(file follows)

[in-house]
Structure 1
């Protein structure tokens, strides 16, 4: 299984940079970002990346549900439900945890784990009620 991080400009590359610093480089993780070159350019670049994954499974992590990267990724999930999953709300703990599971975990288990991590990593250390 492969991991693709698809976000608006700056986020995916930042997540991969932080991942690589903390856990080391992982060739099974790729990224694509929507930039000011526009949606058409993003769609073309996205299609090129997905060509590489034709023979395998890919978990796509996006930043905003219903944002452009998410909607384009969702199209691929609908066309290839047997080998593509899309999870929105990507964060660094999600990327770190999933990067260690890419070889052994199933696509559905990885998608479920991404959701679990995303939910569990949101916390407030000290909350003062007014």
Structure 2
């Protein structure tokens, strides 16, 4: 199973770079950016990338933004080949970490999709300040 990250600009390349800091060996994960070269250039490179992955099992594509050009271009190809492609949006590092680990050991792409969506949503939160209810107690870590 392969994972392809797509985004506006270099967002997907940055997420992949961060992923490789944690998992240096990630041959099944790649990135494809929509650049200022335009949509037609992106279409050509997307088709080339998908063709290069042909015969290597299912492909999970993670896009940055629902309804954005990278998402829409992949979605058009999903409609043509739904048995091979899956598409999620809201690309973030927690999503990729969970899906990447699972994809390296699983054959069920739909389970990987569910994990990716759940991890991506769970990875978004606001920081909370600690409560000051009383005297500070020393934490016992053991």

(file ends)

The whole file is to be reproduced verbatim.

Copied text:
[in-house]
Structure 1
């Protein structure tokens, strides 16, 4: 299984940079970002990346549900439900945890784990009620 991080400009590359610093480089993780070159350019670049994954499974992590990267990724999930999953709300703990599971975990288990991590990593250390 492969991991693709698809976000608006700056986020995916930042997540991969932080991942690589903390856990080391992982060739099974790729990224694509929507930039000011526009949606058409993003769609073309996205299609090129997905060509590489034709023979395998890919978990796509996006930043905003219903944002452009998410909607384009969702199209691929609908066309290839047997080998593509899309999870929105990507964060660094999600990327770190999933990067260690890419070889052994199933696509559905990885998608479920991404959701679990995303939910569990949101916390407030000290909350003062007014």
Structure 2
């Protein structure tokens, strides 16, 4: 199973770079950016990338933004080949970490999709300040 990250600009390349800091060996994960070269250039490179992955099992594509050009271009190809492609949006590092680990050991792409969506949503939160209810107690870590 392969994972392809797509985004506006270099967002997907940055997420992949961060992923490789944690998992240096990630041959099944790649990135494809929509650049200022335009949509037609992106279409050509997307088709080339998908063709290069042909015969290597299912492909999970993670896009940055629902309804954005990278998402829409992949979605058009999903409609043509739904048995091979899956598409999620809201690309973030927690999503990729969970899906990447699972994809390296699983054959069920739909389970990987569910994990990716759940991890991506769970990875978004606001920081909370600690409560000051009383005297500070020393934490016992053991």